My confidence in my ability to do my job took a nose dive at that exact moment. How am I going to graduate out of the intern program and get a permanent position if I have this kind of response to the document I spent an entire day writing? I immediately wondered if this was the right field for me. It was a serious blow to my psyche. I was so disappointed that I didn’t even read her changes or her comments as to why she’d made them. I’ll read them when I recover from this blow, but for now I feel wounded. Is this how my kids feel when I use the word but? I could only imagine so, which means this is something I desperately need to work on.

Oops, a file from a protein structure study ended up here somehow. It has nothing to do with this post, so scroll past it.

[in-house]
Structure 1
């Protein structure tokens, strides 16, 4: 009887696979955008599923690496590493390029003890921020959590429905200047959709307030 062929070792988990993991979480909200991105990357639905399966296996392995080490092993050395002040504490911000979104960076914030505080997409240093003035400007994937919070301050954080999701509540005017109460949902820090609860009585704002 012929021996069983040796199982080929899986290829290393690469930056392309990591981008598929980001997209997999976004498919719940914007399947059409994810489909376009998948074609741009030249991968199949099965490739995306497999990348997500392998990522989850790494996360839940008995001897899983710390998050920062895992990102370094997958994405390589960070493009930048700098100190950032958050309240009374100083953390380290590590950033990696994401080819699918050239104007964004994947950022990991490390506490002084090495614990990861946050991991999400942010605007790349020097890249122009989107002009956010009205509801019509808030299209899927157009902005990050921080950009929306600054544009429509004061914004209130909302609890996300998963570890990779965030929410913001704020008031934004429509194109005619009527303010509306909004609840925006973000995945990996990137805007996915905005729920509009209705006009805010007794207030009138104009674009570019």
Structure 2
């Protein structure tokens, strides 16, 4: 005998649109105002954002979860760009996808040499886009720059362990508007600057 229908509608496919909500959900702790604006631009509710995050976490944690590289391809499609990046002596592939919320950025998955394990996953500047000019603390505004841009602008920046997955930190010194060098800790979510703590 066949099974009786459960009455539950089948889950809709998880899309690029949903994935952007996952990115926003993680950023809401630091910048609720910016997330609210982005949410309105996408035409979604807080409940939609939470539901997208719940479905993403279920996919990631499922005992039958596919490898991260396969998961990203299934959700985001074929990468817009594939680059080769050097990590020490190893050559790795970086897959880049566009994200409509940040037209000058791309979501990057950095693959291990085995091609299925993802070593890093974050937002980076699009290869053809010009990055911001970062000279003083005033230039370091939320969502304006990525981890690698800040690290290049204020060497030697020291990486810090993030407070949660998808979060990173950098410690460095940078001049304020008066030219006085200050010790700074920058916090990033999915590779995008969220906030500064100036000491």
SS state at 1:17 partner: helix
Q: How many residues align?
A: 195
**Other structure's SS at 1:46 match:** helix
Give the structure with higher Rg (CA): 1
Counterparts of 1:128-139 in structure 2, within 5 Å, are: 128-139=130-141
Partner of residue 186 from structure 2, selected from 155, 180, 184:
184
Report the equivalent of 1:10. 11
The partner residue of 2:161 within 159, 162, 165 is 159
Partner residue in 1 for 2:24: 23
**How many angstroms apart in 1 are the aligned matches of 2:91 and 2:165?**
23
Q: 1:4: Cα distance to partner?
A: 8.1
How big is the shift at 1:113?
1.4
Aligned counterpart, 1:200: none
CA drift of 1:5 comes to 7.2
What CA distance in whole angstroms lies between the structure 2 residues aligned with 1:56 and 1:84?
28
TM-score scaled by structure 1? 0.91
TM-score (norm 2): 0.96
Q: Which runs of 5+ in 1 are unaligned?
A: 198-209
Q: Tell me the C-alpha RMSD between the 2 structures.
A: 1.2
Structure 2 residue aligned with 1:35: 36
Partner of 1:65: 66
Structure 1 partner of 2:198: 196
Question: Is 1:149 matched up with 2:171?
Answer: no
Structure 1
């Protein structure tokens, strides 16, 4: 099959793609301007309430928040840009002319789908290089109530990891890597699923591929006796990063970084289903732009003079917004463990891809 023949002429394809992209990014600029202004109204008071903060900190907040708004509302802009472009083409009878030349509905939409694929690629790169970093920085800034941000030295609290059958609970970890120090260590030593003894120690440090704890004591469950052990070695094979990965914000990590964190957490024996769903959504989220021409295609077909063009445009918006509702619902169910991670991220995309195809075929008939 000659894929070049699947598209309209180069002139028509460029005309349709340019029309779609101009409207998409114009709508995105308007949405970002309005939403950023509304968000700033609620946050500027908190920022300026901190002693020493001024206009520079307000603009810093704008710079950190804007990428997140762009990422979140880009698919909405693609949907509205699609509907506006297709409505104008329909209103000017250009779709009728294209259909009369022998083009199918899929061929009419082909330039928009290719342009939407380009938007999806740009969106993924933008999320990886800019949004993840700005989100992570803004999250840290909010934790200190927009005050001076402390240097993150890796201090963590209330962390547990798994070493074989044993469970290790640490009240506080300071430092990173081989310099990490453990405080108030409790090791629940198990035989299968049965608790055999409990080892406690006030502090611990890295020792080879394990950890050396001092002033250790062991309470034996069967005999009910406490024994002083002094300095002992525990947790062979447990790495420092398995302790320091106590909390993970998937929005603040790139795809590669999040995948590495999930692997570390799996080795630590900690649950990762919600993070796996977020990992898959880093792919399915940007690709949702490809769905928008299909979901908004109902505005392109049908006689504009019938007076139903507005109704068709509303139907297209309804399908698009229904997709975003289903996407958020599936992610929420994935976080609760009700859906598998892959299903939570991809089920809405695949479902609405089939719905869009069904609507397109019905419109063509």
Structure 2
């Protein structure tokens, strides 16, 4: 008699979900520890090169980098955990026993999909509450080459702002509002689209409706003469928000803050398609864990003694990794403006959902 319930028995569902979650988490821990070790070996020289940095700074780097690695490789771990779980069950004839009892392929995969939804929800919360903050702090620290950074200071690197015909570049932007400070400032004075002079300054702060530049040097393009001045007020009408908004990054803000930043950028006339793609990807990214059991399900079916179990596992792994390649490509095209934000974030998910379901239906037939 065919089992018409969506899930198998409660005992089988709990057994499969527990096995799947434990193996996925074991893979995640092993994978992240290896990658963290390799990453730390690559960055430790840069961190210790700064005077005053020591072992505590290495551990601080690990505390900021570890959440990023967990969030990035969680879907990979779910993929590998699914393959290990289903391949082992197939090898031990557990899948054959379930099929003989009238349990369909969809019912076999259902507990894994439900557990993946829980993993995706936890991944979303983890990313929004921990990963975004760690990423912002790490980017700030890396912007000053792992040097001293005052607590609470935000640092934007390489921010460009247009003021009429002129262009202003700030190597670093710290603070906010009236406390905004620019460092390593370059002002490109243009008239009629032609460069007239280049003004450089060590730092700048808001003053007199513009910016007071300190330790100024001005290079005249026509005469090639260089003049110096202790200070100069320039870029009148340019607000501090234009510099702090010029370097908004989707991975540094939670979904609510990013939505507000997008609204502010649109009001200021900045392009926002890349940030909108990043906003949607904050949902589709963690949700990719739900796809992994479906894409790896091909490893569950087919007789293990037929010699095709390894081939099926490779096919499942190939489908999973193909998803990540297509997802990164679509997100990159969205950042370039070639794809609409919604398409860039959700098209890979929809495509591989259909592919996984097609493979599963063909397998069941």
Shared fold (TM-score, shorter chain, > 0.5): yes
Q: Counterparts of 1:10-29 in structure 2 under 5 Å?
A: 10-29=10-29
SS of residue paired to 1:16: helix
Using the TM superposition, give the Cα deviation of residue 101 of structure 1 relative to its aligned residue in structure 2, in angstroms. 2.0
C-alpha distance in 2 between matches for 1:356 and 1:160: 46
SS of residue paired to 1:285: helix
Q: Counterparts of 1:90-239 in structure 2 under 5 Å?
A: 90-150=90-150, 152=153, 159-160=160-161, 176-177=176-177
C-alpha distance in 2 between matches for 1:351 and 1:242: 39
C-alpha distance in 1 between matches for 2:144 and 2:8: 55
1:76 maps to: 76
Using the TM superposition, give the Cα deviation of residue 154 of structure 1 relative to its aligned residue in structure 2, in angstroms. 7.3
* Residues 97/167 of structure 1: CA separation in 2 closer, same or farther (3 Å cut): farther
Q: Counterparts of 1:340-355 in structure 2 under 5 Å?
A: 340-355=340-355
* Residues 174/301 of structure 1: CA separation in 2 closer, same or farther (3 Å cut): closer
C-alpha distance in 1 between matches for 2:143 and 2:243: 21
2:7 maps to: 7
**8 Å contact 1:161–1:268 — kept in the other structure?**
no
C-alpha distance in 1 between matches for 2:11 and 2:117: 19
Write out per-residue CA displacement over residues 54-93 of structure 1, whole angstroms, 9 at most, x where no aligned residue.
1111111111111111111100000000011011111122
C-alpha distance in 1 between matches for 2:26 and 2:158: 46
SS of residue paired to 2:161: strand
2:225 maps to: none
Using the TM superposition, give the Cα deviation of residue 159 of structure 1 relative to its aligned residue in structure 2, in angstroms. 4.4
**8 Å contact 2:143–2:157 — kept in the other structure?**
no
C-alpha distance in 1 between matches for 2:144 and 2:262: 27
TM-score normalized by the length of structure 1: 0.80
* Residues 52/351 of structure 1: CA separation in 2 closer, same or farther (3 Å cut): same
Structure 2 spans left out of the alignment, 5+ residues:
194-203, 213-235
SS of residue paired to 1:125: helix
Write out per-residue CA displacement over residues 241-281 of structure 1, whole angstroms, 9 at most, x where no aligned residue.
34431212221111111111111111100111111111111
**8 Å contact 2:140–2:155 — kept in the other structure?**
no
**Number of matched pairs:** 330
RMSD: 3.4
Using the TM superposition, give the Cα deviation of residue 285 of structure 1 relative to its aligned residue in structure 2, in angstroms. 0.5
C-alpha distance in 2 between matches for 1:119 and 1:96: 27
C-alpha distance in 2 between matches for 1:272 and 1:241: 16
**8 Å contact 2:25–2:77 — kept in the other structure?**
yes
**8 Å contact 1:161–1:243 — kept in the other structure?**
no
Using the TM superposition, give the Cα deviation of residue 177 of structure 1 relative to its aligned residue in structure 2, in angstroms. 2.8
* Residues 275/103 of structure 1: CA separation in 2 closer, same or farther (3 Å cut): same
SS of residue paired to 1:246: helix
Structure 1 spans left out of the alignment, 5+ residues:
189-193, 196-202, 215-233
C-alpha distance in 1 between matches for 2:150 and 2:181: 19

Switch it up

When I feel myself engaging in this type of communication, I try to remember what I learned during grad school – to keep what ordinarily would be taken as negative feedback, positive in perception. It’s important to remember that everything behind the but is remembered and everything before the but is negated – so unless you want the person to whom you’re speaking to feel low and broken, switch the order in which you make your statements so they feel more positive.

That’s not my favorite color, but I really love that blouse.
Normally it’s done a different way, but I think you did a great job.
It sure is windy out here, but the sun feels amazing on my skin.